Twelve-year-old violinist will perform at Klezmerfest

A new pair of Birkenstock sandals marked a rite of passage for 12-year-old Noah Bendix-Balgley when he celebrated his birthday July 15.

"It was his coming of New Age," joked the youngster's mother, Meredith Balgley, from the family home in Berkeley. "He was no longer wearing kids' sizes. It was a turning point."

He also got his first full-sized violin around the same time. He'll use it to jam with the Ellis Island and California Klezmer bands at Kehilla Community Synagogue Homeless Committee's fourth annual Klezmerfest Sunday, March 8 in Oakland.

A kid of 4-1/2 is too small to hold a violin as large as a concertmaster's. That's how old Noah was when he enrolled at Suzuki Institute in Ithaca, N.Y.

The institute, which teaches music to the very young, requires a parent to learn the instrument first, then teach the child. Noah's father reluctantly got the job.

"I had to be convinced," said Erik Bendix, a dance teacher and student at San Francisco's Alexander Training Institute who will lead the dancing at Klezmerfest.

"I thought it was a bad idea. I was wrong."

He soon found that his offspring "totally left me in the dirt."

Concurring that his father "fell behind after the first year," Noah said, "I just like practicing and playing."

The eighth-grader at Berkeley's Crowden School, which specializes in music, practices two hours a day.

His academic lessons and music classes typically last from 8 a.m. to around 3 in the afternoon. He's also preparing to celebrate his bar mitzvah July 19 at Berkeley Hillel, and studies Hebrew one day a week.

As the youngest member of the San Francisco Youth Symphony — which will perform at 2 p.m. Sunday, March 2 at Davies Symphony Hall — he rehearses an additional four hours nearly every Saturday.

In addition, the slim 5-foot-2-inch brunet tries to shoot hoops for a half hour each day with his 9-year-old brother Aaron, who is also learning violin.

Noah spends the rest of his leisure time composing. Classical music is very precise, and "everything you do is really important," said the young musician, whose Passacaglia in C minor — a short piece for five strings — will debut at a future school performance.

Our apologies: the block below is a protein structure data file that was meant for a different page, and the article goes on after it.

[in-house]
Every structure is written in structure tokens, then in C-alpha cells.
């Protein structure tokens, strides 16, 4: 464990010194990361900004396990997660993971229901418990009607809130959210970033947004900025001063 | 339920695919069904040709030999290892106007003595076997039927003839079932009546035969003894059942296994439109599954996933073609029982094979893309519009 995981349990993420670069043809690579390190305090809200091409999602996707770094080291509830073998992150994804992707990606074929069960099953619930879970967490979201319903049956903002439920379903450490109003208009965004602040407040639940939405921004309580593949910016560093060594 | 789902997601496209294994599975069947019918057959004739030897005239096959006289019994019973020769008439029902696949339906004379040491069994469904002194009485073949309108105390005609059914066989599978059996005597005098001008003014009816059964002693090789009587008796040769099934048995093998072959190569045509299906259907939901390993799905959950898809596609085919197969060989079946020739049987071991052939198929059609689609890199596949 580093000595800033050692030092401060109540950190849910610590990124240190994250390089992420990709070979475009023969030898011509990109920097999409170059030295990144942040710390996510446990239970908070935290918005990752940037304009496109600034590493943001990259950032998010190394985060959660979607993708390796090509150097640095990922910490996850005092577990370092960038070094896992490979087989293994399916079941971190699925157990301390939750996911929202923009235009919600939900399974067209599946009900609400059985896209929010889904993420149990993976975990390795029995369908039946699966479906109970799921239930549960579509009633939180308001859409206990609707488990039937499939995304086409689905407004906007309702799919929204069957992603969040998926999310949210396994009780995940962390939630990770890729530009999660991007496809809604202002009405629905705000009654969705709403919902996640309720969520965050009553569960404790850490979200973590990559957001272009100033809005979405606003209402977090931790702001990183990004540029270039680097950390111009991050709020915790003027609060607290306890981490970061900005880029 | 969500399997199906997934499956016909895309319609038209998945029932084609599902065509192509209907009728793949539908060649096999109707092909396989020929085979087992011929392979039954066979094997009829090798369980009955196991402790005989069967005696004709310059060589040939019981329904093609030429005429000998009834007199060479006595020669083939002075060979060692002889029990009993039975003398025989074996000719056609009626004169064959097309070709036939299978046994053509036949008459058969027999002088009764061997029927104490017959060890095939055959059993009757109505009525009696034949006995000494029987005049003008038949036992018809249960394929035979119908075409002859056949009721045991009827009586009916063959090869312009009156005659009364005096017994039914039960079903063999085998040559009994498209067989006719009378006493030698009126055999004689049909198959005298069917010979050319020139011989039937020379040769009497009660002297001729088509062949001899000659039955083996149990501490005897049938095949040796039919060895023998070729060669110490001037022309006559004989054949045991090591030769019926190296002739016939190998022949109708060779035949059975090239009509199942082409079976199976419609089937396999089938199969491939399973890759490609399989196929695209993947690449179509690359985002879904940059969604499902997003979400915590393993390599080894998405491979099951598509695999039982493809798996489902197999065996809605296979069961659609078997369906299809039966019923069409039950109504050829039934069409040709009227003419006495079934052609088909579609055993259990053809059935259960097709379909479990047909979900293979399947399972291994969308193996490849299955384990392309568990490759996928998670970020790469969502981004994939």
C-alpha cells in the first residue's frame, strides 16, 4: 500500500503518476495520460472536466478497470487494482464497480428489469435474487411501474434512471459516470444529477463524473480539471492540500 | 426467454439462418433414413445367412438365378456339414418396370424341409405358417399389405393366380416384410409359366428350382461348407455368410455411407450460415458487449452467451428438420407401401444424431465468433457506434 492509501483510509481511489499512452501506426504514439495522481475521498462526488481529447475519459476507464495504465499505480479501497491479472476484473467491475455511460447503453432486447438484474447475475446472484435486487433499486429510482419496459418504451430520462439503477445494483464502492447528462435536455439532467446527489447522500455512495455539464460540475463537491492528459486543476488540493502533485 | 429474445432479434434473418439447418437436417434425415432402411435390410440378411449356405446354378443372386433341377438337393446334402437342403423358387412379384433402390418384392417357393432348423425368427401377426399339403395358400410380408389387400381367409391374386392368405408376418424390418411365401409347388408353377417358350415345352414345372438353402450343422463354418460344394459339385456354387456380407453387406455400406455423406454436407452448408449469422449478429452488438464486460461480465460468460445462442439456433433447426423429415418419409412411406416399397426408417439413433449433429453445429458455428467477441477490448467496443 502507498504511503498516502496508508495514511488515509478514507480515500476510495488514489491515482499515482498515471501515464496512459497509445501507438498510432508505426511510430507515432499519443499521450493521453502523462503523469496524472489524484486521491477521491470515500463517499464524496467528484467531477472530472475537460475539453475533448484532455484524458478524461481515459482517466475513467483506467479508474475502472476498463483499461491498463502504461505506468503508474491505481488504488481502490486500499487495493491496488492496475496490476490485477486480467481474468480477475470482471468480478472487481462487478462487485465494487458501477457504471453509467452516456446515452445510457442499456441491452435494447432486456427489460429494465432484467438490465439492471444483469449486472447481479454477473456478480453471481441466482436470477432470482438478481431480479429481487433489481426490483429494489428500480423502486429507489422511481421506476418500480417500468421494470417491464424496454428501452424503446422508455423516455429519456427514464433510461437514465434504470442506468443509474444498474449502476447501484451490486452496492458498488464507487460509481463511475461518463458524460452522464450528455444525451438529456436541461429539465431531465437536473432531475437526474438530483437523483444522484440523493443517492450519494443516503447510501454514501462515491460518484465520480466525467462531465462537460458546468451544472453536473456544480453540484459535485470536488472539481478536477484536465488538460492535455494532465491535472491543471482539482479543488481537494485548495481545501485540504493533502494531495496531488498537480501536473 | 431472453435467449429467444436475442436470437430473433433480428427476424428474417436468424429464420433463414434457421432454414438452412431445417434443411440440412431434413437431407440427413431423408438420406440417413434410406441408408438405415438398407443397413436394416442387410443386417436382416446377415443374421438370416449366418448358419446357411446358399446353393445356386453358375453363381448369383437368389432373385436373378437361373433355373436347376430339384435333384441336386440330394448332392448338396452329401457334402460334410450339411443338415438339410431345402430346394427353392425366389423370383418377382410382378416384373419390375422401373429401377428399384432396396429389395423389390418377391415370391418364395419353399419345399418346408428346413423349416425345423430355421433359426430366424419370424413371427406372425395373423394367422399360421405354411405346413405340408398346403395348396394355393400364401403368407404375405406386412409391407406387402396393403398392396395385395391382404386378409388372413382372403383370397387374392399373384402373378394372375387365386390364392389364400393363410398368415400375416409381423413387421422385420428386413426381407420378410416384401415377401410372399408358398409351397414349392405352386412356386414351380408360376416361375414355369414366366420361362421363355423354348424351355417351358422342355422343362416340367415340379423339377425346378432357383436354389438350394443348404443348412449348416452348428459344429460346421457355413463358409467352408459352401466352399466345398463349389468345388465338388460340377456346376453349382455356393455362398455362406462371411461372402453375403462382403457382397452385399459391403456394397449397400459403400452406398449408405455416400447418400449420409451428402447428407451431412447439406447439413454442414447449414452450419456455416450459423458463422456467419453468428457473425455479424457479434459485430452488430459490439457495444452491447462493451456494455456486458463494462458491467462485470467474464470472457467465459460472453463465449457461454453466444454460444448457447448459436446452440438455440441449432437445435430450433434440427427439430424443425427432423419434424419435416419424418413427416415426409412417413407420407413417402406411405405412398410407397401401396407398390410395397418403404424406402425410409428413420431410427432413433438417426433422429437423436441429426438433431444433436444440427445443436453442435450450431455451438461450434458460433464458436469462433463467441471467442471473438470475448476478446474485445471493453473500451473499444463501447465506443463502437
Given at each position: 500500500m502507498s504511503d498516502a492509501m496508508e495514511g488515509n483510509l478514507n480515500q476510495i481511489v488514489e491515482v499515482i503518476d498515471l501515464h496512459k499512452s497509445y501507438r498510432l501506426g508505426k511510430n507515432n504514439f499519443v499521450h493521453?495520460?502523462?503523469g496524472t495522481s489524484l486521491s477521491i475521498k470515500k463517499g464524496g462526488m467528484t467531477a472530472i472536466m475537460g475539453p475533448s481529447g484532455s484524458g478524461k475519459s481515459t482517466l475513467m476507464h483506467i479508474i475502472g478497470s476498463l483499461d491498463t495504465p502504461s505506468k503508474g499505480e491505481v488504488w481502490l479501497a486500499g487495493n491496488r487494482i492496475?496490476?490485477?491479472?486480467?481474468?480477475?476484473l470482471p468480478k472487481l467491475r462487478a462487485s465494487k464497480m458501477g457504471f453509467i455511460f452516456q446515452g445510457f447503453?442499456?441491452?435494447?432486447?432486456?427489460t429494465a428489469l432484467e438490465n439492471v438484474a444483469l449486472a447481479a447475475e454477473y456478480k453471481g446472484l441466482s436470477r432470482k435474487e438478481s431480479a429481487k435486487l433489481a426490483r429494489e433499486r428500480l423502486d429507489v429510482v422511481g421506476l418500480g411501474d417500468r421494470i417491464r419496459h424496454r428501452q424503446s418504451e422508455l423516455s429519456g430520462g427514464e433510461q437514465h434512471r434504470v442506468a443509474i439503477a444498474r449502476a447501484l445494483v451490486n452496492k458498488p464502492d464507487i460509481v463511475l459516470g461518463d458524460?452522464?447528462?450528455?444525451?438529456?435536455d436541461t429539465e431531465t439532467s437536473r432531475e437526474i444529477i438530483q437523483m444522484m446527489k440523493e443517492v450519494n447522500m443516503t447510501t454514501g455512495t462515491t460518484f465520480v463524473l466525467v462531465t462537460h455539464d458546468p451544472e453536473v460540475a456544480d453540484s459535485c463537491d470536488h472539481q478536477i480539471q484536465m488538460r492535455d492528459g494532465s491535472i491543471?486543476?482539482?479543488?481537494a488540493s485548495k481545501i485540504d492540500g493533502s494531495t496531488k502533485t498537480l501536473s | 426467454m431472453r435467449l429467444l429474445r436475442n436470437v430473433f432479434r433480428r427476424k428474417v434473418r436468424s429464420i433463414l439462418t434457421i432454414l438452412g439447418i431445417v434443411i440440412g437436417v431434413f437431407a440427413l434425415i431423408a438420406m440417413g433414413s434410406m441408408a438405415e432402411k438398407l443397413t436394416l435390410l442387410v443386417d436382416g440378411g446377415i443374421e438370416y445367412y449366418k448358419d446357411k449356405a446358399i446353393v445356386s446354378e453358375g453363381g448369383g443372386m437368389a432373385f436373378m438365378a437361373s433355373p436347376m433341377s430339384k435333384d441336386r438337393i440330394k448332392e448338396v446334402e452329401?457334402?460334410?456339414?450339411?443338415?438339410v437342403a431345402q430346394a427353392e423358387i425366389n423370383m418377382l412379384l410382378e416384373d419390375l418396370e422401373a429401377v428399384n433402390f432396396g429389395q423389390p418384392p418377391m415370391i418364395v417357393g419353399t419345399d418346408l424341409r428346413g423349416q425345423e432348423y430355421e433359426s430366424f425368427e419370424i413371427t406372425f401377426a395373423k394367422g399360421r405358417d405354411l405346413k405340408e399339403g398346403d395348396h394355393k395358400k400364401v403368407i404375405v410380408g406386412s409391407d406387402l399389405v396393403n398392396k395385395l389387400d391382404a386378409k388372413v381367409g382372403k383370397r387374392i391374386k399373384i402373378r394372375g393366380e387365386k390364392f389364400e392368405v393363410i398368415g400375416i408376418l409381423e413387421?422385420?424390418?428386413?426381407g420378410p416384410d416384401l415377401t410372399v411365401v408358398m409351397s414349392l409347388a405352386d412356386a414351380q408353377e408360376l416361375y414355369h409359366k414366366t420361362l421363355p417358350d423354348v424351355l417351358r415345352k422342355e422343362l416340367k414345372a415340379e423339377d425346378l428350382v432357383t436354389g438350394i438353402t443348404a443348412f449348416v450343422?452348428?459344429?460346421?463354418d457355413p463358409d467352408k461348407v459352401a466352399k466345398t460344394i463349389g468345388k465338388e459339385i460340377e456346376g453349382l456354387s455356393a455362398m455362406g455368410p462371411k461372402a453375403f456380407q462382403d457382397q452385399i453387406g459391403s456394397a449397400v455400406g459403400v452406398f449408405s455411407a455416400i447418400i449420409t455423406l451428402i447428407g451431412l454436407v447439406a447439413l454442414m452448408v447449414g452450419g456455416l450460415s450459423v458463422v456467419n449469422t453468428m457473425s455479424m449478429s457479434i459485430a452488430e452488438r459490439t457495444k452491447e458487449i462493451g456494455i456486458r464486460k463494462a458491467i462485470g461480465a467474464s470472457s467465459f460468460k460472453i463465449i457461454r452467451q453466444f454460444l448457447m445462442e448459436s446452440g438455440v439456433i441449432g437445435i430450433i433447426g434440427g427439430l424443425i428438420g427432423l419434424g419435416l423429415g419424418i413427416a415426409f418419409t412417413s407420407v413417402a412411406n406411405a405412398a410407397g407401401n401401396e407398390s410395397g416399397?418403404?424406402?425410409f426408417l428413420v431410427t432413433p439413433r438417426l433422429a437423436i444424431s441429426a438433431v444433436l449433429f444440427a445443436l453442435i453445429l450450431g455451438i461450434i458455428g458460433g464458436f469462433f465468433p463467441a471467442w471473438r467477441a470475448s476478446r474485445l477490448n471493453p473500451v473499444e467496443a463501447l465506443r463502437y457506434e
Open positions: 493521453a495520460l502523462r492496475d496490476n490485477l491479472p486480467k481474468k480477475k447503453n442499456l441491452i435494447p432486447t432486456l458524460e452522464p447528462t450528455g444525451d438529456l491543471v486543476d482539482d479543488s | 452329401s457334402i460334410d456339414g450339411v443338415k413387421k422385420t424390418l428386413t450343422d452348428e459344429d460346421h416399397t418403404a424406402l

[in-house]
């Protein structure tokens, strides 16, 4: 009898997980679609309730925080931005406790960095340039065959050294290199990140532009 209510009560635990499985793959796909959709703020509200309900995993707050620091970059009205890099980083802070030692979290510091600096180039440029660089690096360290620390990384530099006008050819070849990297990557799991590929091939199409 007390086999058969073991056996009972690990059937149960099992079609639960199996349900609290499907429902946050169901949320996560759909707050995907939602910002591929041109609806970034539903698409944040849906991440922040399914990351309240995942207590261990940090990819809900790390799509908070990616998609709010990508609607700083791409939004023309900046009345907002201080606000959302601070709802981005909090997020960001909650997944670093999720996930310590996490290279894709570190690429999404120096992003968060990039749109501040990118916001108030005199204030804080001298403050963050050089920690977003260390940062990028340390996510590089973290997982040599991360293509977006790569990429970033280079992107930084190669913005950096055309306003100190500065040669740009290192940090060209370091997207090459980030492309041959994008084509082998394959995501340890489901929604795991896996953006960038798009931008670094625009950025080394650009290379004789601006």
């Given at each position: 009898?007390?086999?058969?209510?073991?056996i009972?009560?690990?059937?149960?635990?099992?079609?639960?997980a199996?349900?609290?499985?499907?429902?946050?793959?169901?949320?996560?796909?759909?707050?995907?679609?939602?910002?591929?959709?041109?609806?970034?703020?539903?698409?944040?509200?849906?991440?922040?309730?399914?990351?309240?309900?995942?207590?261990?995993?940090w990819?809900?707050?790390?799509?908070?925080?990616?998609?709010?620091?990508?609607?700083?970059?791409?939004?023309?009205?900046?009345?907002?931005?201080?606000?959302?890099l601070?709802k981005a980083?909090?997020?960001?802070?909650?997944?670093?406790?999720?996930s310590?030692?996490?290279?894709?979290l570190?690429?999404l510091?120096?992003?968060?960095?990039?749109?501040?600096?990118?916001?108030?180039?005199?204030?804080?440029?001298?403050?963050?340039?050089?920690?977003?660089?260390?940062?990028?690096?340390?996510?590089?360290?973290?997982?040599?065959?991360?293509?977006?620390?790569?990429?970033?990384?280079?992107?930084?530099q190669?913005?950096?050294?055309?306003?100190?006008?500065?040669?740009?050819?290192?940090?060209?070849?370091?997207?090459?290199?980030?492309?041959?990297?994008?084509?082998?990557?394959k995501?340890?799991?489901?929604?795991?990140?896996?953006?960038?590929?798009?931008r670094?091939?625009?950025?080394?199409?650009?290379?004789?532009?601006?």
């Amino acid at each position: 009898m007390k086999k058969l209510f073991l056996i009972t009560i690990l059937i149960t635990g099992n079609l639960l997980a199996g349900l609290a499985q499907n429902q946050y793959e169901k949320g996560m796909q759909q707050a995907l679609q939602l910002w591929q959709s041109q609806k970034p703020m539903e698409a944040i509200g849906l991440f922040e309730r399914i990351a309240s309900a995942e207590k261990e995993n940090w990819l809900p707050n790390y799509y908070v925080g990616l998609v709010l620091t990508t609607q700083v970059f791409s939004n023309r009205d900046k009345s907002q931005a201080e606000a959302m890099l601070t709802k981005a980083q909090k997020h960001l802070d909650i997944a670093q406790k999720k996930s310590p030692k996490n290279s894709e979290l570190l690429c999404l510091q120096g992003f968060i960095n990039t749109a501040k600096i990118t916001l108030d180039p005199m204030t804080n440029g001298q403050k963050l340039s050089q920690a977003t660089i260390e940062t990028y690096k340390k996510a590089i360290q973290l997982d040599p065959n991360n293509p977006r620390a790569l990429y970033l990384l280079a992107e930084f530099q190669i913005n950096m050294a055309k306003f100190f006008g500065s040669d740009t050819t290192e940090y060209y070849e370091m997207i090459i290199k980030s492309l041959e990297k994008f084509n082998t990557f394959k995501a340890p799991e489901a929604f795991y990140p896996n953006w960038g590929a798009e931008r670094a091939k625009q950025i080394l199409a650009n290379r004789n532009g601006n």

"At school, everyone composes," said Noah, explaining that a passacaglia is a theme with variations. He has also tried his hand at sonatas, 12-tone music ("it's more mathematical than difficult") and fugues.

"You have to interlock the parts and make them work," he said of the latter, which he finds the most difficult to compose.

Klezmer, on the other hand, "is more about expressing yourself."

He learned the basics from klezmer veterans Michael Alpert and Alicia Svigals, and has performed at Klezmerfest for the past three years.

This annual event, which features klezmer music performances and dance sessions in which audience members are encouraged to participate, is a benefit for the homeless.

He'll rehearse once with California Klezmer, he said. Instead of having to reach the group's degree of expertise himself, "I think they're going to be doing my repertoire," he said.

There's no question in the youngster's mind that music is his vocation. Noah hopes to become a soloist or a violinist in a chamber group.

"He's looking forward to a career" in music, added his father. Noah has been "completely clear since age 4-1/2 that's what he wanted to do."